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Mr.Dog 2.0

Mr. Dog was his alias, though to be honest, I would call him that when I wanted to sound stern. It’s been over two years since he passed away. Husband says no other dog will be able to take his place. That’s true, but I really missed having a dog around the house. So many things kept us from getting a new dog.  It was too soon, we wanted to travel, I was sick, we wanted to sell the house. Well, it’s been 2 years 2 months since Pepper died, that’s a long enough mourning period. Sometimes I think that I see him in the corner still. While thinking of him being gone still makes me feel sad, I feel it’s time to move on. We haven’t done any travel, mostly due to the high cost of herceptin treatment. I’m as well as I’m going to get, though I could stand to shed a few more pounds. And finally, neither of ...

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My adventures with Seguro Popular Part 1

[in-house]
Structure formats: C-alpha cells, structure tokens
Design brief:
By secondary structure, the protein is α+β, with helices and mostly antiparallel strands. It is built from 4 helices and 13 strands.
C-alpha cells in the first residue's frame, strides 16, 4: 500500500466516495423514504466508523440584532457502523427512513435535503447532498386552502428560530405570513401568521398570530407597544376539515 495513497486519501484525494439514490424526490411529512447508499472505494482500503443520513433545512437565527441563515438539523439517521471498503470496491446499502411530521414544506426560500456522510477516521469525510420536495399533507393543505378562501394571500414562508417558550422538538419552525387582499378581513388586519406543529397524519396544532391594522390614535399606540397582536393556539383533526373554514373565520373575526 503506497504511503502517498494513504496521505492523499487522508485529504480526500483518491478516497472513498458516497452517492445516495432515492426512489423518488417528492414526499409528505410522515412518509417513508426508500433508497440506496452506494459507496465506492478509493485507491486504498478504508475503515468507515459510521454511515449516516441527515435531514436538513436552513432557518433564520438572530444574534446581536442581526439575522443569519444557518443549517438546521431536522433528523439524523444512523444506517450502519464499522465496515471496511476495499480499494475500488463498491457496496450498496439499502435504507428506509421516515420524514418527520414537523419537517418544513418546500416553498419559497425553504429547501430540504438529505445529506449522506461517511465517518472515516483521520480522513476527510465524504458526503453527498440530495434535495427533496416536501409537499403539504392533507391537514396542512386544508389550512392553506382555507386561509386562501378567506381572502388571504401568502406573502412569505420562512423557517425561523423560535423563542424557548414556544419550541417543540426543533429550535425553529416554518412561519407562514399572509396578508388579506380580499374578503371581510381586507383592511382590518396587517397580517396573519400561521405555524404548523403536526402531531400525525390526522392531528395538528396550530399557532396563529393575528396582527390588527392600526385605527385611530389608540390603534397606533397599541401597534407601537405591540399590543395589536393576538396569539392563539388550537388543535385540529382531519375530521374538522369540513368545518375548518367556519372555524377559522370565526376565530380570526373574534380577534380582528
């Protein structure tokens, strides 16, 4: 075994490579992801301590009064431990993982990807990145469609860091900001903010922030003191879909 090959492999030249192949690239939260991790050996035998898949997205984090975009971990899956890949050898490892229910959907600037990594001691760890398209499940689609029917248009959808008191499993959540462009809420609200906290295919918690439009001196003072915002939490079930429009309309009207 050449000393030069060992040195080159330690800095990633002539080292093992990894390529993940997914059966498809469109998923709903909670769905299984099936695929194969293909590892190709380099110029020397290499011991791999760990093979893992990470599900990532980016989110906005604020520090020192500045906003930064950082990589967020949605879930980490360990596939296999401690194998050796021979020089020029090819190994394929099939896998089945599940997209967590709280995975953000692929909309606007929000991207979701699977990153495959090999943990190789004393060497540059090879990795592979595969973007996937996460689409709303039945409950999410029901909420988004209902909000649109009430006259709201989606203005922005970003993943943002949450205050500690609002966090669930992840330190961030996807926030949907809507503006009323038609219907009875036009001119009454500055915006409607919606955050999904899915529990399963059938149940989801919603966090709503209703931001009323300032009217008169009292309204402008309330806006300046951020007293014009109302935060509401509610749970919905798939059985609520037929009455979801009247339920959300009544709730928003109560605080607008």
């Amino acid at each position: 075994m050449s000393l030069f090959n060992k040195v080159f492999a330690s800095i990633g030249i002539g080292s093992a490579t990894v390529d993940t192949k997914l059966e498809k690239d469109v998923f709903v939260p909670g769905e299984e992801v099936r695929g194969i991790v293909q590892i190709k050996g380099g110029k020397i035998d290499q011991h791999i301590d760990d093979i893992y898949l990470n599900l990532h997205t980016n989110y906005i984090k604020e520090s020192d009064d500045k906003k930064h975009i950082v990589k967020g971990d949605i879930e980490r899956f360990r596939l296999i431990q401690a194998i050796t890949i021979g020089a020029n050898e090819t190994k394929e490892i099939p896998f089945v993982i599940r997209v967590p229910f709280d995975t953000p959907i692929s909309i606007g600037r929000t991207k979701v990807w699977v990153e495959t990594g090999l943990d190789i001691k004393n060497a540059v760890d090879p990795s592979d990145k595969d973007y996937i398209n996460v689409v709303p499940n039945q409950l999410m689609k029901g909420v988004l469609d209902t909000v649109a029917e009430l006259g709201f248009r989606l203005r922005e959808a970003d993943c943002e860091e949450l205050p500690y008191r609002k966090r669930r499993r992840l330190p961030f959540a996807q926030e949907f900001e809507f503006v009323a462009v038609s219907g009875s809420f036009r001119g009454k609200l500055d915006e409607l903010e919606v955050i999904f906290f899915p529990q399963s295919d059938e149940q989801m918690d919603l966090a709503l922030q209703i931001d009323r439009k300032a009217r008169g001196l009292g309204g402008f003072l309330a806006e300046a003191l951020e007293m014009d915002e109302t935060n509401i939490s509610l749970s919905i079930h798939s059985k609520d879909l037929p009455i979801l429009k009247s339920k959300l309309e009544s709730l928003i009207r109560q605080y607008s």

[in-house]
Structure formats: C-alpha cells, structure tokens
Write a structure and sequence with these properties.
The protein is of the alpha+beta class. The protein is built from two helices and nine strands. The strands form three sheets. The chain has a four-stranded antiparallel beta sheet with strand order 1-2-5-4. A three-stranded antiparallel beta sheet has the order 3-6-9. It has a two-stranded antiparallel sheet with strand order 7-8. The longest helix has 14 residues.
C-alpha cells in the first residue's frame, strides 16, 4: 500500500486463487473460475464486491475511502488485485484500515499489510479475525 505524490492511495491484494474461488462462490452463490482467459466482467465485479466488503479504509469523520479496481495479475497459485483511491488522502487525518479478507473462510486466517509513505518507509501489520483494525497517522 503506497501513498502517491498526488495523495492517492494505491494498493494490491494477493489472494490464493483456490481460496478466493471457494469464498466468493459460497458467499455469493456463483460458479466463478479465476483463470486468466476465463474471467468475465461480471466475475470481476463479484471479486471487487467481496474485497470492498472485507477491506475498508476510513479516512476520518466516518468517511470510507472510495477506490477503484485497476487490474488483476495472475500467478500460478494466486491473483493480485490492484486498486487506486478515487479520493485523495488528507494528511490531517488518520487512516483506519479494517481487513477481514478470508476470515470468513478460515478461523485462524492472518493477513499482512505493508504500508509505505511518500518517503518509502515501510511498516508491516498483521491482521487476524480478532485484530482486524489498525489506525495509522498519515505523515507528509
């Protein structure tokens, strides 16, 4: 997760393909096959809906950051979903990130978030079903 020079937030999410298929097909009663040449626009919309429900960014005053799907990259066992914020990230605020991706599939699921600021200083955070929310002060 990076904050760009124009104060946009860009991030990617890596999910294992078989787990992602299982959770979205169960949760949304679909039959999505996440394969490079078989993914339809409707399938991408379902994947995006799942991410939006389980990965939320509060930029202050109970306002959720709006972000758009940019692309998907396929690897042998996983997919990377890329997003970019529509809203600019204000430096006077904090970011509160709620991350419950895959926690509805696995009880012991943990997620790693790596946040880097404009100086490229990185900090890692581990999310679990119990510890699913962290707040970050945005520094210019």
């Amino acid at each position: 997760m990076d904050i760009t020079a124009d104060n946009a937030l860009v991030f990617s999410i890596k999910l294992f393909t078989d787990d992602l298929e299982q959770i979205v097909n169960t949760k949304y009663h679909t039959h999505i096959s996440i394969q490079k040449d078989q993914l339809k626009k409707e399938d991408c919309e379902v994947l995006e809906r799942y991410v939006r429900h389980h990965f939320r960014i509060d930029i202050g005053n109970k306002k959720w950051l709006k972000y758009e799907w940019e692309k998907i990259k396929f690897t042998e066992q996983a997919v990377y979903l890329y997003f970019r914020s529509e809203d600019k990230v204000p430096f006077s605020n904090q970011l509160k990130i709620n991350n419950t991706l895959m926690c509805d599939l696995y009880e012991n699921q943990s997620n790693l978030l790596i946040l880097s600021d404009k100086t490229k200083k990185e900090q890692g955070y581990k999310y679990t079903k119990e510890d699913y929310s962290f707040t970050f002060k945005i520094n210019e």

I have been reading Shannon from Rat Race Refugee  and her experiences with Seguro Popular.  Seguro Popular is the Mexican Health insurance for people who don’t have other insurance. Any legal resident of Mexico is eligible to apply. For more information about the program you can go to their website. It’s interesting to me that our experiences with Seguro Popular are so different. I wonder if it’s a combination of where we live, our last names, and our appearances. Dark haired, black eyed, I have standard Mediterranean looks, she’s blonde and fair skinned. I have a very common Spanish surname Díaz, I have no idea what her last name is but I’m willing to bet it isn’t a Spanish one. She lives in San Miguel de Allende, a beautiful city, but has to go to Querétaro for treatment, while Mérida is the medical hub for the Yucatán peninsula. It’s hubris but I’m pretty sure my Spanish is better, if nothing ...